A long-pending dispute over large tracts of land in Vijayashreepura in Mysuru on which many people have been claiming adverse possession rights has been put to rest by the High Court of Karnataka. After a series of litigations that included a judgement by the Supreme Court, the matter came back to the HC. The HC, noting that it cannot give any decision that goes against the SC, put an end to the dispute by dismissing petitions filed by people who have constructed houses on government land.
Vijayashreepura Kshemabivrudhi Sangha, an organisation representing house owners of the area, along with 52 of them, approached the HC against the state government and three persons of the erstwhile royal family of Mysuru. Their contention was that the government of the then king acquired 815 acres of land in 1899 and 1900. After the Mysore Kingdom joined the Indian Union, the land became the property of the Government of Karnataka.
It was also claimed that the state government wrongly paid compensation to Sardar Ramachandra Raje Urs, a member of the royal family for acquiring the land. And since the land rightfully belonged to the state, they sought that their holdings be regularised under the Karnataka Regularisation of Unauthorised Constructions in Urban Areas Act, 1991. On an earlier occasion, they had sought occupancy rights under the Karnataka Land Reforms Act, which was granted in their favour in 1990. When this was under challenge, a notification for acquisition of the same lands was issued by the government. While multiple cases about the land continued, they are said to have been regularised after paying municipal taxes.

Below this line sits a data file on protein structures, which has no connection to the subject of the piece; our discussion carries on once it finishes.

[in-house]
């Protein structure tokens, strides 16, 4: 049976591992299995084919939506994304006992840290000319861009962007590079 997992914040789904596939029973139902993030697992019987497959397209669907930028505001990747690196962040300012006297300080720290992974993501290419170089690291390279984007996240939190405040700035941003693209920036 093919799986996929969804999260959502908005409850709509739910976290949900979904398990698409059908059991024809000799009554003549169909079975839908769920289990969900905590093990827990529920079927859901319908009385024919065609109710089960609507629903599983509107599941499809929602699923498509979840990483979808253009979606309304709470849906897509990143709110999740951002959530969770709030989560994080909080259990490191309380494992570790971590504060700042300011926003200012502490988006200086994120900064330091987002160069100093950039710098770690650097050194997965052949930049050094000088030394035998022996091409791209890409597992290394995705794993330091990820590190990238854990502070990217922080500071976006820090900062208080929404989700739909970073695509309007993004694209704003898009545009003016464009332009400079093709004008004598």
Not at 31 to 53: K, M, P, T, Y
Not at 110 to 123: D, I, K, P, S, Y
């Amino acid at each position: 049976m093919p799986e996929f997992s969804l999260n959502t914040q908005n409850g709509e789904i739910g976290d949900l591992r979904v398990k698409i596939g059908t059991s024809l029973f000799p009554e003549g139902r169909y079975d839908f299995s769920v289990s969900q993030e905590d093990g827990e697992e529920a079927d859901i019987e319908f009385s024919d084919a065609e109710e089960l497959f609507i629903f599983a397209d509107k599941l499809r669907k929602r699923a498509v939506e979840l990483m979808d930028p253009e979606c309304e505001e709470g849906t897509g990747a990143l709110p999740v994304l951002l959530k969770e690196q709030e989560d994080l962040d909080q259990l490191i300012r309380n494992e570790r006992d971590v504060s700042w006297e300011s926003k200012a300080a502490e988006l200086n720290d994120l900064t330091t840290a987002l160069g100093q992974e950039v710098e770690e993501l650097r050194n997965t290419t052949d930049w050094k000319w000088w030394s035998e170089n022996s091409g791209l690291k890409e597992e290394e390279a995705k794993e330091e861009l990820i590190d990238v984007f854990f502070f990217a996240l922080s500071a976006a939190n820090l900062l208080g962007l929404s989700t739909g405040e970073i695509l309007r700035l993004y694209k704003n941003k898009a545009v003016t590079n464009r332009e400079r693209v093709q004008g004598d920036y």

The government, in its response, pointed out that the case had reached the SC, which had ordered that the encroachers be evicted. The SC had also considered the possibility of the evicted persons being considered for allotment after a layout was formed there. But this can be done only after they are evicted in the first place.
The HC, in its judgment, said that the persons claiming to be in unauthorised occupation, cannot at this belated stage, claim right of ownership. They were seeking to find an agreement from 1950 between the former king and the government which “is in the nature of fishing for evidence”, it said. Moreover, the SC had accepted the challenge to the acquisition process filed by the heirs of Sardar Ramachandra Raje Urs, which meant that the apex court accepted them as the owners of the land. The HC cannot, therefore, take a contrary view to that of the Supreme Court, it said and dismissed the petitions.
Credits Bangalore Mirror